Last year, my masters student Meg Walker completed a small project comparing bone histology in a modern and fossil wombat. We wanted to check whether wombat bone forms in a way that may relate to the burrow environment all the while being constrained biomechanically (because wombats have very powerful forelimbs that they use in digging their burrows). We found that the modern wombat shows evidence of bone remodelling and also some bone tissue types (such as coarse compact cancellous bone) that may facilitate quick wombat growth in the burrow and adaptation to mechanical load. These results are very preliminary because we only had a couple of specimens that we could examine, but in this new paper we use the data to build and discuss hypotheses that can be tested in the future. The paper should be out soon in Australian Mammalogy!
Meg and I discussing wombat bone histology. Image by Jack Fox.
One of the really important aspects of my current fellowship funded by the Australian Research Council is research training of biological anthropologists who are at early stages of their career. Given that my work is highly practical, the plan has always been to run introductory lab sessions in person to offer training in the preparation and analysis of thin sections. As the Coronavirus pandemic has grounded everyone at home, I decided to move the image analysis aspect of the training online. I also opened them up to the rest of the world, and to my surprise the response has been immense! The workshops reached capacity (300) within 5 days... I am super pleased that there is some interest out there in bone histology analysis.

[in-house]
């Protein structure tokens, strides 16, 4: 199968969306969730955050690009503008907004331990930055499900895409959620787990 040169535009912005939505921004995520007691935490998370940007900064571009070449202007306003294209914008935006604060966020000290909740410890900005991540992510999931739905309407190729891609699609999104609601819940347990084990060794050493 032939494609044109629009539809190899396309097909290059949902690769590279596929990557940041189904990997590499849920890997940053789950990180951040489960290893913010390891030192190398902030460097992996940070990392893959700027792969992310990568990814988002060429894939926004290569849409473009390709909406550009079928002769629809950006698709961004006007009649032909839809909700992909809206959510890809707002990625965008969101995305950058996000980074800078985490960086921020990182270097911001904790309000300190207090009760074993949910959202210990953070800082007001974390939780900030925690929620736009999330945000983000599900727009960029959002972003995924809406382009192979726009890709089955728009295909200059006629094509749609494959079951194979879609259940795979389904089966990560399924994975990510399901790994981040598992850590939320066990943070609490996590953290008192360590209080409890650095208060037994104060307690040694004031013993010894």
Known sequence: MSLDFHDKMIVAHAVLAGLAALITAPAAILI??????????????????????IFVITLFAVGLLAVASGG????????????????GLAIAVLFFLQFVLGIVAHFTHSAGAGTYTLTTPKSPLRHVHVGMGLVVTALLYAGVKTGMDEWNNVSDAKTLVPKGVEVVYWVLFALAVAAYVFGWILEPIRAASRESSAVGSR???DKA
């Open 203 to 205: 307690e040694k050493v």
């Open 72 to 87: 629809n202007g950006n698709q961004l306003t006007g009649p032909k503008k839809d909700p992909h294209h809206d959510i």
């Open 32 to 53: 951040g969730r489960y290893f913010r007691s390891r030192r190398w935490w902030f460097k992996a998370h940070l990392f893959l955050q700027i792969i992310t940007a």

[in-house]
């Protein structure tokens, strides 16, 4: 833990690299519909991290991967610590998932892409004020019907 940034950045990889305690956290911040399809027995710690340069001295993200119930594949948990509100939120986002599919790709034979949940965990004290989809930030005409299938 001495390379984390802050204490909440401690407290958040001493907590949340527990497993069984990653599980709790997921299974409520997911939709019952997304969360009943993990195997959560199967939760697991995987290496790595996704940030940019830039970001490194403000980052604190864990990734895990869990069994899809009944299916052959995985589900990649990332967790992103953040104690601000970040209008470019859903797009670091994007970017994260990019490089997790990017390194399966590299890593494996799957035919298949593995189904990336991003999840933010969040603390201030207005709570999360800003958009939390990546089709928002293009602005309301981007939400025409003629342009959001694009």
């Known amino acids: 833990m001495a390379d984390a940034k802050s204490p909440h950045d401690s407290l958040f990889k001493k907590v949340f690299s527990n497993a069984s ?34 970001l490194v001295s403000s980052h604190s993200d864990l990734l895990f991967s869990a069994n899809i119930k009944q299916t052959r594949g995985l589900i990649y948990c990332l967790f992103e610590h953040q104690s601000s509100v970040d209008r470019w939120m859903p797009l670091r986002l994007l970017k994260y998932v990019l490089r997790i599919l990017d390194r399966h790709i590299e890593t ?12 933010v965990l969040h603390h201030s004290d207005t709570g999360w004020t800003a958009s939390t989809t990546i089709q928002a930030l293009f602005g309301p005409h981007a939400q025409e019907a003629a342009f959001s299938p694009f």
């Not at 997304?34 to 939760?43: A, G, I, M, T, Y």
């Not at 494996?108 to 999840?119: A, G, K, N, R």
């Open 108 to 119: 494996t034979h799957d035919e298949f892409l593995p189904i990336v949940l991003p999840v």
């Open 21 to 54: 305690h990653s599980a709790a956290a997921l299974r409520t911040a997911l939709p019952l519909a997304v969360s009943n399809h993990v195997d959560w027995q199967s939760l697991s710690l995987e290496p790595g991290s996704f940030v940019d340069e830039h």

My intention behind these workshops is to not only provide introductory training, but to also demonstrate that there should be no boundaries in trying methods that we are new to. So many times in my own career I have been told that some techniques are "too complicated", "too this".... "too that"... Surely, that slows down science progress as it turns us away from learning new methods? If, as part of my workshops, even 1 participant takes something away and applies it to their research, which will result in a new discovery... then we've moved things forward, even if it's just a bit!
I had to close registrations today, but if you are still interested in joining us over the next few weeks, please email me so that I can place you on a waiting list.